Earlier Wednesday, Trump offered to make a $5 million contribution to Obama’s charity of choice if the president would release his college transcripts and passport records. “Frankly, it’s a check that I very much want to write,” Trump said in a YouTube video. (Trump has questioned whether Obama’s birth certificate issued by the state of Hawaii is legitimate; the White House subsequently released the long-form copy of Obama’s birth certificate.)
Obama told Leno that the beef dates back to when he and Trump were growing up in Kenya.
“We had constant run-ins on the soccer field,” Obama joked. “He wasn’t very good and resented it. When we finally moved to America, I thought it would be over.”
It was Obama’s fifth visit to Leno’s show — his third as president. In 2009, the two men made TV history when Obama became the first sitting American president to appear on a late-night talk show. That visit attracted more than 14 million viewers.
Obama no doubt hoped Wednesday’s visit would attract a similar crowd.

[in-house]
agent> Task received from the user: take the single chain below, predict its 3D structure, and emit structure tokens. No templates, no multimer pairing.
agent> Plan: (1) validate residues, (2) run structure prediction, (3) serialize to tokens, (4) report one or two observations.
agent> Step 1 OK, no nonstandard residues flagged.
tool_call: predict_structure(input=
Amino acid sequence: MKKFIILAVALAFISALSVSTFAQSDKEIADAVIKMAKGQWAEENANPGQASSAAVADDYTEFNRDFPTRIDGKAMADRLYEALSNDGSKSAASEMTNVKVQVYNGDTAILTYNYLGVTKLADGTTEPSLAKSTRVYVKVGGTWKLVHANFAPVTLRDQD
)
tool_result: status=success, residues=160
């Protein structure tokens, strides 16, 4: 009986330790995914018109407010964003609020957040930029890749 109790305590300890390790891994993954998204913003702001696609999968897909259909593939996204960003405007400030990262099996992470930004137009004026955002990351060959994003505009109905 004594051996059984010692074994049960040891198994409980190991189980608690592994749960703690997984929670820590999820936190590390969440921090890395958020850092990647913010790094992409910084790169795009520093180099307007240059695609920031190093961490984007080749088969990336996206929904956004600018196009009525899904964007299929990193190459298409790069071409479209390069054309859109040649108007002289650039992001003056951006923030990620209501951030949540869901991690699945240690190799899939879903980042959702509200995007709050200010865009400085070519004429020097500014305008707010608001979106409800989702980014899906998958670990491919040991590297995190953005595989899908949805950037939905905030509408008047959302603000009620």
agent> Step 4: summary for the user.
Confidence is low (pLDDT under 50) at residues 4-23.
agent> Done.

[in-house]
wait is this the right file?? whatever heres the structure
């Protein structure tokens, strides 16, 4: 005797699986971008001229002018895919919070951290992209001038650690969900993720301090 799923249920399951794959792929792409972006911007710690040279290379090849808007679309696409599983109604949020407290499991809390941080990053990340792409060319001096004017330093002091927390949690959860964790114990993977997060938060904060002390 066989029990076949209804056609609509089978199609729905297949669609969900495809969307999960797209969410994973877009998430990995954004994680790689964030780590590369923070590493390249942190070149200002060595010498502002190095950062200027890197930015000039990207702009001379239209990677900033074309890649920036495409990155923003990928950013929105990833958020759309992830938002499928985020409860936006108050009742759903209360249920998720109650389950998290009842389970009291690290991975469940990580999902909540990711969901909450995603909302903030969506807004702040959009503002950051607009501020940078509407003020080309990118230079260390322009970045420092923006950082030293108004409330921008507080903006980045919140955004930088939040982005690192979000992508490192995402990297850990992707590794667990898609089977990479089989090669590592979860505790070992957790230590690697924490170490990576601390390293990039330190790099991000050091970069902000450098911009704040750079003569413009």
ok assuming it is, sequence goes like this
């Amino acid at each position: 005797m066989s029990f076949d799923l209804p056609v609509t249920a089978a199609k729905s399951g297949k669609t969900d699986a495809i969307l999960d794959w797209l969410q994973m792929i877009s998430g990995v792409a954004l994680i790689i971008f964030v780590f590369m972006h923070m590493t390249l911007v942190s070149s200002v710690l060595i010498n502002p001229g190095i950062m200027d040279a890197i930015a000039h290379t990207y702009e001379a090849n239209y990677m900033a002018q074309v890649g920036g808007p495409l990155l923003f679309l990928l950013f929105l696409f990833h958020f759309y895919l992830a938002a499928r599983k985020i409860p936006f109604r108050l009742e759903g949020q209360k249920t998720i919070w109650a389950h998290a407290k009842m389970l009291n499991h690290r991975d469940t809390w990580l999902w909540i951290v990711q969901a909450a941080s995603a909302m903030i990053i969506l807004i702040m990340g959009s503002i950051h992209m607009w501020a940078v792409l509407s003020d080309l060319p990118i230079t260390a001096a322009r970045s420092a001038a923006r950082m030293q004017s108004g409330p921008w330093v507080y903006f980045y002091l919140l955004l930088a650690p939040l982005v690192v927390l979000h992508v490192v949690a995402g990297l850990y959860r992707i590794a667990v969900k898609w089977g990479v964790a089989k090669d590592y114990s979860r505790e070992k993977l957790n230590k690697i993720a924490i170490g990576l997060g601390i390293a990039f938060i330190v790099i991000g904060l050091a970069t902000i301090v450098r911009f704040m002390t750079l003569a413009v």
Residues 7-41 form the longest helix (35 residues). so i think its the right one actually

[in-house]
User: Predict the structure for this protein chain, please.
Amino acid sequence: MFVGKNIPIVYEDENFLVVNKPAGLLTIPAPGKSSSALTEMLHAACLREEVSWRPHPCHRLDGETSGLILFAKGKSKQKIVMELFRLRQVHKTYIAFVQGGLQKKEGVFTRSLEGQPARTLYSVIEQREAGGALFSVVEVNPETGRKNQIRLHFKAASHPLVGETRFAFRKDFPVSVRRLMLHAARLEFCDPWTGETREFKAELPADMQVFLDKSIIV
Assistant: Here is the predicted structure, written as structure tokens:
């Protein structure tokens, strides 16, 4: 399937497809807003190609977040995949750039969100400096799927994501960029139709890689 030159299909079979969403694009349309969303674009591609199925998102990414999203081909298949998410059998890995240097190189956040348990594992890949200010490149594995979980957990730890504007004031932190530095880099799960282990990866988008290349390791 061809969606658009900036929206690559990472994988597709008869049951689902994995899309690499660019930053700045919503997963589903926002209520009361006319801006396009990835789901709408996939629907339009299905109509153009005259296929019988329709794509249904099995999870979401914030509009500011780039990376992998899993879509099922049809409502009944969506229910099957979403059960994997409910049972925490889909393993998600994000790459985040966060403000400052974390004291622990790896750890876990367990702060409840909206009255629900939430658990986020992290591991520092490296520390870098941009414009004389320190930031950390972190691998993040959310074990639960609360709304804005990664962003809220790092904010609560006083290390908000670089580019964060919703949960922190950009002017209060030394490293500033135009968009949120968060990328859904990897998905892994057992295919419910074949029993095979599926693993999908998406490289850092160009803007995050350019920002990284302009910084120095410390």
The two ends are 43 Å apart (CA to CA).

Discovery’s ‘White House’
Has Discovery Channel decided how the presidential election is going to shake out?
The Silver Spring-based network announced Wednesday that it will broadcast a new documentary Sunday called “Flipping the White House,” in which former staffers discuss what it’s like to transform the White House when one president leaves and another moves in.
“When a U.S. President is sworn into office at high noon on inauguration day . . . [a] hand-picked and highly trained team is tasked with transitioning the old administration out as the new administration moves in — all in less than six hours,” Discovery said Wednesday.
“The outgoing president exits the home on inauguration day, and the incoming president enters the home complete with pictures on the walls, books on the shelves, and socks in the drawers just a few hours later,” Discovery added.
“Flipping the White House” will feature interviews with James Baker, chief of staff for President Ronald Reagan; Mack McLarty, chief of staff for President Bill Clinton; President George W. Bush’s adviser Karen Hughes; and former vice president Dan Quayle.
Also interviewed: Desiree Rogers, former White House social secretary for the Obamas, and Karl Rove, senior adviser and deputy chief of staff for President Bush.
Rove is better known these days as co-founder of American Crossroads. That super-PAC’s $12.6 million ad buy made it possible for those Clint Eastwood political ads — in which the actor/director indicts Obama’s presidency as a failure and urges people to vote Obama out of the White House, warning: “There’s not much time left, and the future of our country is at stake” — to begin airing in Colorado, Florida, Iowa, Nevada, New Hampshire, Ohio and Virginia.